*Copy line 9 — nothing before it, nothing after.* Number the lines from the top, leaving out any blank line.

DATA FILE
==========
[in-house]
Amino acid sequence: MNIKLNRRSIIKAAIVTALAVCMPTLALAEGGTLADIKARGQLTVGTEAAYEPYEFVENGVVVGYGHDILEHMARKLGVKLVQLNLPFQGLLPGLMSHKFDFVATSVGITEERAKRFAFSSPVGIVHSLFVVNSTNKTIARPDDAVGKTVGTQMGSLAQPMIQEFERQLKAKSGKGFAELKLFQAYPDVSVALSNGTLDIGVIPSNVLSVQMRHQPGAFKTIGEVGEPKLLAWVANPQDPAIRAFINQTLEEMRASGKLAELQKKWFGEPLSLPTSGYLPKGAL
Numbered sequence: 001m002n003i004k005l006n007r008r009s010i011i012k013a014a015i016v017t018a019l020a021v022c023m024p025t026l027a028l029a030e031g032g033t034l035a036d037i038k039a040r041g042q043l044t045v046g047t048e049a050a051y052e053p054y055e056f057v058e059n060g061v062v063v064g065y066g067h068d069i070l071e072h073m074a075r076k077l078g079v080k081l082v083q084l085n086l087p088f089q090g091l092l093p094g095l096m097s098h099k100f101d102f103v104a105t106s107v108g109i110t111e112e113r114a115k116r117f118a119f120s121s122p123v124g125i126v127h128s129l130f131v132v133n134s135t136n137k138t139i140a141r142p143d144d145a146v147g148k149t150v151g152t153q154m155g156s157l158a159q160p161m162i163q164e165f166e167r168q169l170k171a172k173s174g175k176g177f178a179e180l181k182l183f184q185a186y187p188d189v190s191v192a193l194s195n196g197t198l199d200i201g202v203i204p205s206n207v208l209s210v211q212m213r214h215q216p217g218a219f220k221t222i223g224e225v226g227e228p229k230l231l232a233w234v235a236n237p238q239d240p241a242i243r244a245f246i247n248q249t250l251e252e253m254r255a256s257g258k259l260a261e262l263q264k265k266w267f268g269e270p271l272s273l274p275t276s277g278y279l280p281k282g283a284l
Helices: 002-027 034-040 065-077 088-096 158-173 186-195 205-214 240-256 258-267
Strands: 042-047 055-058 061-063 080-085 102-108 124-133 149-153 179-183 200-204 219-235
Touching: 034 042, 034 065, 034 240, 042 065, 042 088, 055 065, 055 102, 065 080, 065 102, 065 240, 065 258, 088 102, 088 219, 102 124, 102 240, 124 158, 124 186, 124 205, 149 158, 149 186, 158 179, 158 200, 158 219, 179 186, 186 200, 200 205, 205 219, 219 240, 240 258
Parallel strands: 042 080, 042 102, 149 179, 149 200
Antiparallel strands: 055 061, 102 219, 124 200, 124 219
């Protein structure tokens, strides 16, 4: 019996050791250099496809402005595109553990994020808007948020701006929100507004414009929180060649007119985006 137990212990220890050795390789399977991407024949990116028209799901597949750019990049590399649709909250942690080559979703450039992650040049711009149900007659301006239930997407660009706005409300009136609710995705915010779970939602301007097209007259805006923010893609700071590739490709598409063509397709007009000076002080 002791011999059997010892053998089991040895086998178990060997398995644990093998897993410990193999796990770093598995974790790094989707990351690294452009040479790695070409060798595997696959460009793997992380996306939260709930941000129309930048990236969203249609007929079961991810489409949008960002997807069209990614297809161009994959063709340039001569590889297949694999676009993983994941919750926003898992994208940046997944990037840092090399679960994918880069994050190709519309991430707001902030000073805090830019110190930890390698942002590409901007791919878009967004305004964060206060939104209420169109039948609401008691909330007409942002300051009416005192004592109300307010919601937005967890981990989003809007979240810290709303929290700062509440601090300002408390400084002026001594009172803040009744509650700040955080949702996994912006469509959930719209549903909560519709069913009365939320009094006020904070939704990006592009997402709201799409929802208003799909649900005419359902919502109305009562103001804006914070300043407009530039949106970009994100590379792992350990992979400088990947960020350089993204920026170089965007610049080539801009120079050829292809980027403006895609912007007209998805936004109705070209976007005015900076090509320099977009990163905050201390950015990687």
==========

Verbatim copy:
């Protein structure tokens, strides 16, 4: 019996050791250099496809402005595109553990994020808007948020701006929100507004414009929180060649007119985006 137990212990220890050795390789399977991407024949990116028209799901597949750019990049590399649709909250942690080559979703450039992650040049711009149900007659301006239930997407660009706005409300009136609710995705915010779970939602301007097209007259805006923010893609700071590739490709598409063509397709007009000076002080 002791011999059997010892053998089991040895086998178990060997398995644990093998897993410990193999796990770093598995974790790094989707990351690294452009040479790695070409060798595997696959460009793997992380996306939260709930941000129309930048990236969203249609007929079961991810489409949008960002997807069209990614297809161009994959063709340039001569590889297949694999676009993983994941919750926003898992994208940046997944990037840092090399679960994918880069994050190709519309991430707001902030000073805090830019110190930890390698942002590409901007791919878009967004305004964060206060939104209420169109039948609401008691909330007409942002300051009416005192004592109300307010919601937005967890981990989003809007979240810290709303929290700062509440601090300002408390400084002026001594009172803040009744509650700040955080949702996994912006469509959930719209549903909560519709069913009365939320009094006020904070939704990006592009997402709201799409929802208003799909649900005419359902919502109305009562103001804006914070300043407009530039949106970009994100590379792992350990992979400088990947960020350089993204920026170089965007610049080539801009120079050829292809980027403006895609912007007209998805936004109705070209976007005015900076090509320099977009990163905050201390950015990687």